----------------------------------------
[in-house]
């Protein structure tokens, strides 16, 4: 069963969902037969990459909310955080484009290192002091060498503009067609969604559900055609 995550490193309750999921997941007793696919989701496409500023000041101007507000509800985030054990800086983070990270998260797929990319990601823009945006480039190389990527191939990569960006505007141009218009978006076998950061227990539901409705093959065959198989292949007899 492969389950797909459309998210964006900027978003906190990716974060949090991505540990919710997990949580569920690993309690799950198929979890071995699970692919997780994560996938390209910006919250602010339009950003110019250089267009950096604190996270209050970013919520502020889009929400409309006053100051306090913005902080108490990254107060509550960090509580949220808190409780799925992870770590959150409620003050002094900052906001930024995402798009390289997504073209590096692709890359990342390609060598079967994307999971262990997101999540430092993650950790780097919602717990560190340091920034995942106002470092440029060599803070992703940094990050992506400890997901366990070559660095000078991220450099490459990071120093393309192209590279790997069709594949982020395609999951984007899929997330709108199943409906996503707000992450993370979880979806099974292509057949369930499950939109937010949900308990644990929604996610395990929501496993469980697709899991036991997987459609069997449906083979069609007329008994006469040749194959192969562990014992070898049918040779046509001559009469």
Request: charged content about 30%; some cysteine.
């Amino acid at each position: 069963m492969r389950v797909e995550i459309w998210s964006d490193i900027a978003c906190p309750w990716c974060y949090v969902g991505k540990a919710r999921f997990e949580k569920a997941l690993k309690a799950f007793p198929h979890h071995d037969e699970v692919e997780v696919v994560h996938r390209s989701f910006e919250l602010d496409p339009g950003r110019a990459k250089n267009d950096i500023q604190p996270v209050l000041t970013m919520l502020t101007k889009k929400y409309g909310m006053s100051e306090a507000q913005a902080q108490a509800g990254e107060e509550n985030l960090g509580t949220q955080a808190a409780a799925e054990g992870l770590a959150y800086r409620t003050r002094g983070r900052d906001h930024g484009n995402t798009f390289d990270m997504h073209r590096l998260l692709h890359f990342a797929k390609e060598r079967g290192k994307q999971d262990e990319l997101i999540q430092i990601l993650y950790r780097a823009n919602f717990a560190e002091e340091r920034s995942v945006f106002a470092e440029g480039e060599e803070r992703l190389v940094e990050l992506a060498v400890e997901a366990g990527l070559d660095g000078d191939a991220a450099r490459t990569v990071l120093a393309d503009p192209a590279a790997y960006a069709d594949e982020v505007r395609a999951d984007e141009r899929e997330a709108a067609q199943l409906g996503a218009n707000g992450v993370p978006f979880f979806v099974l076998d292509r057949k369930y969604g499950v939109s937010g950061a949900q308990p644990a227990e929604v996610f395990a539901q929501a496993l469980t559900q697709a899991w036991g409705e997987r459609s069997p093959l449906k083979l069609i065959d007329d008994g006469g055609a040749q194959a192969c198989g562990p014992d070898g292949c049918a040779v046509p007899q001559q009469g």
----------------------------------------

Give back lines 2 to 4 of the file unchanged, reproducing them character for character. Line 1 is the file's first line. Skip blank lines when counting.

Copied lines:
């Protein structure tokens, strides 16, 4: 069963969902037969990459909310955080484009290192002091060498503009067609969604559900055609 995550490193309750999921997941007793696919989701496409500023000041101007507000509800985030054990800086983070990270998260797929990319990601823009945006480039190389990527191939990569960006505007141009218009978006076998950061227990539901409705093959065959198989292949007899 492969389950797909459309998210964006900027978003906190990716974060949090991505540990919710997990949580569920690993309690799950198929979890071995699970692919997780994560996938390209910006919250602010339009950003110019250089267009950096604190996270209050970013919520502020889009929400409309006053100051306090913005902080108490990254107060509550960090509580949220808190409780799925992870770590959150409620003050002094900052906001930024995402798009390289997504073209590096692709890359990342390609060598079967994307999971262990997101999540430092993650950790780097919602717990560190340091920034995942106002470092440029060599803070992703940094990050992506400890997901366990070559660095000078991220450099490459990071120093393309192209590279790997069709594949982020395609999951984007899929997330709108199943409906996503707000992450993370979880979806099974292509057949369930499950939109937010949900308990644990929604996610395990929501496993469980697709899991036991997987459609069997449906083979069609007329008994006469040749194959192969562990014992070898049918040779046509001559009469």
Request: charged content about 30%; some cysteine.
């Amino acid at each position: 069963m492969r389950v797909e995550i459309w998210s964006d490193i900027a978003c906190p309750w990716c974060y949090v969902g991505k540990a919710r999921f997990e949580k569920a997941l690993k309690a799950f007793p198929h979890h071995d037969e699970v692919e997780v696919v994560h996938r390209s989701f910006e919250l602010d496409p339009g950003r110019a990459k250089n267009d950096i500023q604190p996270v209050l000041t970013m919520l502020t101007k889009k929400y409309g909310m006053s100051e306090a507000q913005a902080q108490a509800g990254e107060e509550n985030l960090g509580t949220q955080a808190a409780a799925e054990g992870l770590a959150y800086r409620t003050r002094g983070r900052d906001h930024g484009n995402t798009f390289d990270m997504h073209r590096l998260l692709h890359f990342a797929k390609e060598r079967g290192k994307q999971d262990e990319l997101i999540q430092i990601l993650y950790r780097a823009n919602f717990a560190e002091e340091r920034s995942v945006f106002a470092e440029g480039e060599e803070r992703l190389v940094e990050l992506a060498v400890e997901a366990g990527l070559d660095g000078d191939a991220a450099r490459t990569v990071l120093a393309d503009p192209a590279a790997y960006a069709d594949e982020v505007r395609a999951d984007e141009r899929e997330a709108a067609q199943l409906g996503a218009n707000g992450v993370p978006f979880f979806v099974l076998d292509r057949k369930y969604g499950v939109s937010g950061a949900q308990p644990a227990e929604v996610f395990a539901q929501a496993l469980t559900q697709a899991w036991g409705e997987r459609s069997p093959l449906k083979l069609i065959d007329d008994g006469g055609a040749q194959a192969c198989g562990p014992d070898g292949c049918a040779v046509p007899q001559q009469g």